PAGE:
In the coming weeks, we expect the Office of the Comptroller of the Currency (OCC) and the Federal Deposit Insurance Corporation (FDIC) to propose a rule for the “true lender” doctrine, an act that will have a negative impact on the ability of states to protect their residents from high-cost lending.
For centuries, concerns have been raised about the lending of money at unreasonably high rates of interest. The idea of usury – and the need to create laws to thwart it – reaches back to the formative stages of civilization.
For numerous reasons, including reputational concerns, most banks shy away from the business of making very high-cost loans to borrowers, and as a result, loans with the highest rates of interest tend to be made by non-bank lenders. Payday lenders are a good example of a high-cost non-bank lender. As a rule, non-banks are regulated by the individual states where they do business, with the states issuing licenses and setting restrictions on interest rates. Many states have established strong interest rate cap rules that have effectively shut down payday lending inside their borders.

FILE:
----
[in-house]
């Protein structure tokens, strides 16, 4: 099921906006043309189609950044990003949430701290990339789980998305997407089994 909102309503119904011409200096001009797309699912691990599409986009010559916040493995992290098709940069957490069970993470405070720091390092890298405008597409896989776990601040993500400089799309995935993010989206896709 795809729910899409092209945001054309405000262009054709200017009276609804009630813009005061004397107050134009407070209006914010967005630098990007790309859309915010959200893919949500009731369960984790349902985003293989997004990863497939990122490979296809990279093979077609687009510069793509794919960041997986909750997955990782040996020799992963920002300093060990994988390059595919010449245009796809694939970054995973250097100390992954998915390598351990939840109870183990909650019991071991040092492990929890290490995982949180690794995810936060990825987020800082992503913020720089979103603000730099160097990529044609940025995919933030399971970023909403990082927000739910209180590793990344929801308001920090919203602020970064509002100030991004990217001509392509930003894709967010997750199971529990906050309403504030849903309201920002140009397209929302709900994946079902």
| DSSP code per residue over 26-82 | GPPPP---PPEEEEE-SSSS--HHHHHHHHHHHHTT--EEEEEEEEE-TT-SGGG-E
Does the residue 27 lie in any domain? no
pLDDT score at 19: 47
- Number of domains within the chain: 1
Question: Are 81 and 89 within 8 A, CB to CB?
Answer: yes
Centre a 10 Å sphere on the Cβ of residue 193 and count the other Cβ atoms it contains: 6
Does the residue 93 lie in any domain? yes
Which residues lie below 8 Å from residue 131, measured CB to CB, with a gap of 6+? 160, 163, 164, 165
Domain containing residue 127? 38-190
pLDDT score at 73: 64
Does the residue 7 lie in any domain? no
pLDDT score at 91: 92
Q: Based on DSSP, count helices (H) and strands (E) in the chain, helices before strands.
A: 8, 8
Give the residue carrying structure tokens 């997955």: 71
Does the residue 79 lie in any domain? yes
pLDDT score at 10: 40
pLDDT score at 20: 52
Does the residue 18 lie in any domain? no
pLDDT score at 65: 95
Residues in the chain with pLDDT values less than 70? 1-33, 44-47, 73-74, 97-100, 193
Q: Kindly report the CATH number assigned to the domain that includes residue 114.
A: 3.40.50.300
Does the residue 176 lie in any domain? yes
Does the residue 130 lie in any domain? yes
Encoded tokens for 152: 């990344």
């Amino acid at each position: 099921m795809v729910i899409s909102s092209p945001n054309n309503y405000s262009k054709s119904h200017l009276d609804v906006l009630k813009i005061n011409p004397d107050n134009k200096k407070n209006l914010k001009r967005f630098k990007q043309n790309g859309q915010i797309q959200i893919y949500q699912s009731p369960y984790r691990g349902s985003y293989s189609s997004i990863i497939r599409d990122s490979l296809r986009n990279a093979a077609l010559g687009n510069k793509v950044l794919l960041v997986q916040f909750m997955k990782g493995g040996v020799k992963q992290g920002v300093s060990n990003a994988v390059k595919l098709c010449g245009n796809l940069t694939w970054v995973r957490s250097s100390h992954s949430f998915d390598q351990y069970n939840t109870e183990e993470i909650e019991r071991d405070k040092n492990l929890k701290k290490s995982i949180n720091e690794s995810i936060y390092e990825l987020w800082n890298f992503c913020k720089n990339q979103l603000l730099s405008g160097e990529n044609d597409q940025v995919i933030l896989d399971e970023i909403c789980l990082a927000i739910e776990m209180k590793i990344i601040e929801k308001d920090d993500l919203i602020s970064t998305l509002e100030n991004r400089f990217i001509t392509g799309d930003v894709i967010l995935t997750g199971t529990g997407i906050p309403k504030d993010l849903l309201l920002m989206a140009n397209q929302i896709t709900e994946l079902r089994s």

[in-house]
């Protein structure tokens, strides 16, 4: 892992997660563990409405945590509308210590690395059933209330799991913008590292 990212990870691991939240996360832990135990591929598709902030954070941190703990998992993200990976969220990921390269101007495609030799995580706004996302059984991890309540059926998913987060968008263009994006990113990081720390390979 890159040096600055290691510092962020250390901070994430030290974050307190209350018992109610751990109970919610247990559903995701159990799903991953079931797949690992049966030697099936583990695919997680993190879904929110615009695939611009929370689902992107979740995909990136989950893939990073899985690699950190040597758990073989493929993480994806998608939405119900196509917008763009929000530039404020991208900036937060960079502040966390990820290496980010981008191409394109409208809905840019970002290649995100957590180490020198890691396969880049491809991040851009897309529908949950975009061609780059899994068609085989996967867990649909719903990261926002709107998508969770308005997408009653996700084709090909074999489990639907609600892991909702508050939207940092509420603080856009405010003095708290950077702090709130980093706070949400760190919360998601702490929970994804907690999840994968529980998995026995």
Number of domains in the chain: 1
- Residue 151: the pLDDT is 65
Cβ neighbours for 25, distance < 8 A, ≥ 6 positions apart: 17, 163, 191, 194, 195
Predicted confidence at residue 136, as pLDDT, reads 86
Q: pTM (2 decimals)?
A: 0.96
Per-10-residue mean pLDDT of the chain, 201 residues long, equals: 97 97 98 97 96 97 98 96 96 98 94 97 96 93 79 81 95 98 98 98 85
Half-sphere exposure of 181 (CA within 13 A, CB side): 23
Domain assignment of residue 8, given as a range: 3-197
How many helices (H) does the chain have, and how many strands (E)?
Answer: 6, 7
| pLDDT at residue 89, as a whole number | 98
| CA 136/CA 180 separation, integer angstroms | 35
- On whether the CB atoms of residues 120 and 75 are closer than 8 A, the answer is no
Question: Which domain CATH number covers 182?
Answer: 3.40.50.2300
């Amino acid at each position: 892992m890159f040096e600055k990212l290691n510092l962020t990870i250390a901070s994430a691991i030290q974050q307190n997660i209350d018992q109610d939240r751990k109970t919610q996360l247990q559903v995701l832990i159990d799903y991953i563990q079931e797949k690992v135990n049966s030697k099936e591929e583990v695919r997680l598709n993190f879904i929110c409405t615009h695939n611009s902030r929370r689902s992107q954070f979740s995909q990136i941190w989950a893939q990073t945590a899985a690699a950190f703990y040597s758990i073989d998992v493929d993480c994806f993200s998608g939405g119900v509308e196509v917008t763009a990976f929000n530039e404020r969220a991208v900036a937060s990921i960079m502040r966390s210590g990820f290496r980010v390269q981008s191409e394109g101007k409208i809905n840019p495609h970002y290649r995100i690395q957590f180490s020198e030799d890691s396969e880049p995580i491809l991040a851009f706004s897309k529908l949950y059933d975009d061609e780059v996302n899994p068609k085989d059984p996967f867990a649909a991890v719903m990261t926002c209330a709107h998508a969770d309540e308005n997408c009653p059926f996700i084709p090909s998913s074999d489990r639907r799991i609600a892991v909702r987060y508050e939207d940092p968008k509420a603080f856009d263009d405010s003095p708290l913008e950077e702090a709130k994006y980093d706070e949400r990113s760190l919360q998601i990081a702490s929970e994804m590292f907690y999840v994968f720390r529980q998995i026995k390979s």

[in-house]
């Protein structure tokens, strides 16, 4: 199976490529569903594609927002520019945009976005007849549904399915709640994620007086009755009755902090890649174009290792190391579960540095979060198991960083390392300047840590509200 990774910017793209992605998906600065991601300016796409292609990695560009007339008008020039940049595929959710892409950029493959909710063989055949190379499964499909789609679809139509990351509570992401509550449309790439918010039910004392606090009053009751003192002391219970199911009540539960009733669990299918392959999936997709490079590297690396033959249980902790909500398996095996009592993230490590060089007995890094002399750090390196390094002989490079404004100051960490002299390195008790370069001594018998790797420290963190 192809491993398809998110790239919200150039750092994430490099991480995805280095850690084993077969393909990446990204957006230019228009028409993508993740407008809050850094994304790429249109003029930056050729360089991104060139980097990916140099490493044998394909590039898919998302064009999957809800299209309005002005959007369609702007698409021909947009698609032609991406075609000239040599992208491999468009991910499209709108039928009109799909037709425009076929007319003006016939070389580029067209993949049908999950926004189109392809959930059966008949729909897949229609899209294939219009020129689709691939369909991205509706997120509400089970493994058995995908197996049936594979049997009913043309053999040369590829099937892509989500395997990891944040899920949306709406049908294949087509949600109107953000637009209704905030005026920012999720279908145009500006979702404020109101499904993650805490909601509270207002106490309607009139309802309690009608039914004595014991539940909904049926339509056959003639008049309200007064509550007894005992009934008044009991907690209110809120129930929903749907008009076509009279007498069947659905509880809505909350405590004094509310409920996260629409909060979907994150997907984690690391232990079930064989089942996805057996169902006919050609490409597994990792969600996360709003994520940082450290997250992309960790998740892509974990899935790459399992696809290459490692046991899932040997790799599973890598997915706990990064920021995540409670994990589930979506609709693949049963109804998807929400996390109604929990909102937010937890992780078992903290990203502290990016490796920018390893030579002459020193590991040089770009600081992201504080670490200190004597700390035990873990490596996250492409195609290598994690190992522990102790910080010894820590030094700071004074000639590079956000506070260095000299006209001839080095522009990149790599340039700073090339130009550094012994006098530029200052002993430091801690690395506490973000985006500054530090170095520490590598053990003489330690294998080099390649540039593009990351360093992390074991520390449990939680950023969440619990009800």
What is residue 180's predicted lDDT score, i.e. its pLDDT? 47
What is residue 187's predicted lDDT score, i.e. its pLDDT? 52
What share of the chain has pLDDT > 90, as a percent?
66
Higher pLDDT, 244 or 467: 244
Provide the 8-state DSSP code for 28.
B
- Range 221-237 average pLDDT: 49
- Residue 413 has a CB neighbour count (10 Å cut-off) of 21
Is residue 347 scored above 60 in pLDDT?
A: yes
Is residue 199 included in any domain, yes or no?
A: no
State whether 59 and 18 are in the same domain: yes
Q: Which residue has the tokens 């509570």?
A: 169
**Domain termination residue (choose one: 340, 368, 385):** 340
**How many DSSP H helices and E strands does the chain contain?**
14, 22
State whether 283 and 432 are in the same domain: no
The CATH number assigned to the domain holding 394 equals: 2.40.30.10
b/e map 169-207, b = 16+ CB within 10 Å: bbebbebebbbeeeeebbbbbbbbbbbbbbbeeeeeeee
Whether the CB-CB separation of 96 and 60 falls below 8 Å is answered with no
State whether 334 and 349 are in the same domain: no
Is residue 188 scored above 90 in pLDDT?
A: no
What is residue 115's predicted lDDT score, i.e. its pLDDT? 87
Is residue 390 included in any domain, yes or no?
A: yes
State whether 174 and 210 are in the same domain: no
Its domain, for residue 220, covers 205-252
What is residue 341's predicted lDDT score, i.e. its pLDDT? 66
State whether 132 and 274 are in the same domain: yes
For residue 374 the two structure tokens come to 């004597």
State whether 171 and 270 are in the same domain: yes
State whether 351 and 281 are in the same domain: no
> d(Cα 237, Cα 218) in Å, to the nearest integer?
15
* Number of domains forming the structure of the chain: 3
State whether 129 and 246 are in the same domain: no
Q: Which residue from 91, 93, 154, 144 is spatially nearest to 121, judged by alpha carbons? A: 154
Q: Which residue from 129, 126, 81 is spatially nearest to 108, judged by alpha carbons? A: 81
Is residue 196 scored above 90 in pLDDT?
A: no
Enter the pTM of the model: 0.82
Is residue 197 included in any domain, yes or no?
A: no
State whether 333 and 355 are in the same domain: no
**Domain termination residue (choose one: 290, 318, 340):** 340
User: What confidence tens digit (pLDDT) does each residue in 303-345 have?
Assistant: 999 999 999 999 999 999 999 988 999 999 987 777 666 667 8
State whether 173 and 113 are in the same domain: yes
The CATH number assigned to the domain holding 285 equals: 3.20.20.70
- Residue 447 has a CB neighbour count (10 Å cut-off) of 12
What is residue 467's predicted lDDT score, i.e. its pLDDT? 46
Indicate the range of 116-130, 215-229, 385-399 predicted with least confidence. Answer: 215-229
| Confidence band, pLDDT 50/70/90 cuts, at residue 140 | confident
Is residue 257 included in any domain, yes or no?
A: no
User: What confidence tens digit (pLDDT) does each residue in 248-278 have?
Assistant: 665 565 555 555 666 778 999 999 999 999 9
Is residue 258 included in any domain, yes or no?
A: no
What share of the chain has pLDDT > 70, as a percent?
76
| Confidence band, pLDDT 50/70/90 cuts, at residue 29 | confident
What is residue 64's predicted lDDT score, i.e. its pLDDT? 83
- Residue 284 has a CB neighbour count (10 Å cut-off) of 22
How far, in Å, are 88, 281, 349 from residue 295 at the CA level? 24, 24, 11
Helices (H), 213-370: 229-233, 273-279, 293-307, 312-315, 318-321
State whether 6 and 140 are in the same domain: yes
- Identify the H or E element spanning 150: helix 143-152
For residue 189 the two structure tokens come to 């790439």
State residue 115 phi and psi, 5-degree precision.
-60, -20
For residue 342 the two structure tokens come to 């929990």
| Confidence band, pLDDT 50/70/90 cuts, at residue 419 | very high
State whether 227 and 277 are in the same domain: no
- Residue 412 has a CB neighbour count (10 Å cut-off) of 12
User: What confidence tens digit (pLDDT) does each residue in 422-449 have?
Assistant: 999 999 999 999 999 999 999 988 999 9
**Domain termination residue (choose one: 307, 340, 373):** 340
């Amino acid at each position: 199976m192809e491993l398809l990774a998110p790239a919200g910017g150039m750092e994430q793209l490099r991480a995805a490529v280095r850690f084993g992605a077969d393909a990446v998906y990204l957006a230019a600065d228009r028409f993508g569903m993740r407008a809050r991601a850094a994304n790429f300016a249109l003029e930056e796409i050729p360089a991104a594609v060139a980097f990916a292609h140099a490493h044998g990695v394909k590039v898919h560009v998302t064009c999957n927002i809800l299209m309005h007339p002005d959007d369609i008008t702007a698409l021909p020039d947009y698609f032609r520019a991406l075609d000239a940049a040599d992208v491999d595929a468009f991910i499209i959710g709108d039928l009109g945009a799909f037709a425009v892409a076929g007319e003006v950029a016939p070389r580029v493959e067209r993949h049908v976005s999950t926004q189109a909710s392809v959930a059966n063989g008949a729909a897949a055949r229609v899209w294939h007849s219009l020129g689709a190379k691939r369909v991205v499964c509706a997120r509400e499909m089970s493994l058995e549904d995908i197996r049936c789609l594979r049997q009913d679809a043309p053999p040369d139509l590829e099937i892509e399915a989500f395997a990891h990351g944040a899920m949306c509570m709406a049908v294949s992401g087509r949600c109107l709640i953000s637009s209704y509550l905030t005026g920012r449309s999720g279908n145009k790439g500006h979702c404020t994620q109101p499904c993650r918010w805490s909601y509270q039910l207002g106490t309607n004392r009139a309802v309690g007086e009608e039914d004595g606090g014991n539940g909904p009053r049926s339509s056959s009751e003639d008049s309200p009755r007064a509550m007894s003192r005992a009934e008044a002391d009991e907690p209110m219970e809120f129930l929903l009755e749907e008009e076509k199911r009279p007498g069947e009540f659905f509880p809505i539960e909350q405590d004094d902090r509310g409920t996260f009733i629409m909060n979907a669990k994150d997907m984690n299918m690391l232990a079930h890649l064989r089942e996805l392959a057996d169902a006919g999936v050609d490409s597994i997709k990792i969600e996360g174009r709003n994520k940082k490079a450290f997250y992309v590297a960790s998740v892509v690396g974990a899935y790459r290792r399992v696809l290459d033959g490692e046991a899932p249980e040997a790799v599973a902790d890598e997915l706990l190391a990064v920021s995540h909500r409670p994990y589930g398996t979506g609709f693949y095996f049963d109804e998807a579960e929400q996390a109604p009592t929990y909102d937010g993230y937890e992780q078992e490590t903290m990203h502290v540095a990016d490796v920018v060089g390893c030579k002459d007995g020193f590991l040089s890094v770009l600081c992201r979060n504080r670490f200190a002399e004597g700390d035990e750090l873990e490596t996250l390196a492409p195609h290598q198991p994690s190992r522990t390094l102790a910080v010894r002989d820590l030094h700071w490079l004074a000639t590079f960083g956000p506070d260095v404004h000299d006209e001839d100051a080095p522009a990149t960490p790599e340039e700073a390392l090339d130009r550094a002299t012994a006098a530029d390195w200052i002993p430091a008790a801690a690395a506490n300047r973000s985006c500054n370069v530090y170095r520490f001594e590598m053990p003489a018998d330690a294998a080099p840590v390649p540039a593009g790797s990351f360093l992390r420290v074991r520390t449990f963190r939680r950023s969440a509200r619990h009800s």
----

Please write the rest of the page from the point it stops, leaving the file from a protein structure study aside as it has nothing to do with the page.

Some non-banks have turned to a “rent-a-bank” strategy as a means of evading restrictive state laws.
By partnering with a willing bank, these high-cost non-bank lenders hope to reset the rules, seeking a different regulator with a less restrictive viewpoint on interest rates. But such a strategy only works if the non-bank is willing to make the false assertion that it is not the real lender, but is instead an agent of a partner bank who is the actual lender. Through this arrangement, non-bank lenders can hide the fact they are the “true lender” and provide loans that are not subject to state usury laws.